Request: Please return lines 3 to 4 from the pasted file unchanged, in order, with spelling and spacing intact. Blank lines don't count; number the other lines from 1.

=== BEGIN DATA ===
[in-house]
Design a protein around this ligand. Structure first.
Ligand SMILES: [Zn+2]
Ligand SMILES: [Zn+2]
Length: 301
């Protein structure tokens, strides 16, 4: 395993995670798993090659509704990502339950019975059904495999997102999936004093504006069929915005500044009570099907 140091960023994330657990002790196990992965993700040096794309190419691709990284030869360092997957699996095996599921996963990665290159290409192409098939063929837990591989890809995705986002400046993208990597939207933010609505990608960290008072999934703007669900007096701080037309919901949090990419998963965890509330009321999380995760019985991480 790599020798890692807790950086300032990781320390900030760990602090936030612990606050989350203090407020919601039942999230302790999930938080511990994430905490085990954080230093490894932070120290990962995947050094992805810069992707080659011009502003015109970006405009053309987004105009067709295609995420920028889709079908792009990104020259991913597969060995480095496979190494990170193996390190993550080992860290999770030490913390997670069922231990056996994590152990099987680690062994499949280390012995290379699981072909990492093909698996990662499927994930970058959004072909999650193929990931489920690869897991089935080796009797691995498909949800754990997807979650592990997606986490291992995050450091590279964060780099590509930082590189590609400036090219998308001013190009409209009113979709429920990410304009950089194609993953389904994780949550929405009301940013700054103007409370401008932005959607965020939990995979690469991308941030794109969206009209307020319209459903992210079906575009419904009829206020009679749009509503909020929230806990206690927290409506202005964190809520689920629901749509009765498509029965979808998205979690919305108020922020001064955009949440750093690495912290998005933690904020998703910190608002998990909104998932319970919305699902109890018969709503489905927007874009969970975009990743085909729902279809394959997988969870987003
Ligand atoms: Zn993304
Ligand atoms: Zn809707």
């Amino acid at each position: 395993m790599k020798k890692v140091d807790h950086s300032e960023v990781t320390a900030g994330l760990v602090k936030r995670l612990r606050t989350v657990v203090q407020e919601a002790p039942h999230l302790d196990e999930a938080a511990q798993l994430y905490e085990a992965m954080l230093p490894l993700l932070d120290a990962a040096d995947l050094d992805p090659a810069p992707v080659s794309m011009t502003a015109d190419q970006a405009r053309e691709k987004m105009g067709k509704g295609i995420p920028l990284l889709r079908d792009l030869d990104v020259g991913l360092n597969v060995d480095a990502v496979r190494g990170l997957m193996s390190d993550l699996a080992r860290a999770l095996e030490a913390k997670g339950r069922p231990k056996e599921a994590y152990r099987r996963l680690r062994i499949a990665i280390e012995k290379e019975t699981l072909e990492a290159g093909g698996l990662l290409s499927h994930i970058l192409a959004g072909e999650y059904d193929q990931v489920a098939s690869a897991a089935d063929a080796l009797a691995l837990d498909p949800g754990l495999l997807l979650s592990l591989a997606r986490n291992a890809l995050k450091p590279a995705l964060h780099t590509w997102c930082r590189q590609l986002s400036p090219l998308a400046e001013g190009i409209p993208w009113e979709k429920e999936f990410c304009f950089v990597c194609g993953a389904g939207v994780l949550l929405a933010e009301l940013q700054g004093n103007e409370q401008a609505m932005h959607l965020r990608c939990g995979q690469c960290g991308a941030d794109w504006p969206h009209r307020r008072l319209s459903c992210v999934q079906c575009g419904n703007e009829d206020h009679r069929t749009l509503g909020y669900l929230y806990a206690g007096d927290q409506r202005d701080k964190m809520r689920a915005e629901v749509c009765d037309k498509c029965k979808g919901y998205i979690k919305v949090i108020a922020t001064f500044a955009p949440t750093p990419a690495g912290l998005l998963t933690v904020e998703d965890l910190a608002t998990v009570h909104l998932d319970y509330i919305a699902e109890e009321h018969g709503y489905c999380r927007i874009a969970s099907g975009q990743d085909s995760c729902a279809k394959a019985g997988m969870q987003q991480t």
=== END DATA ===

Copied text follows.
Ligand SMILES: [Zn+2]
Ligand SMILES: [Zn+2]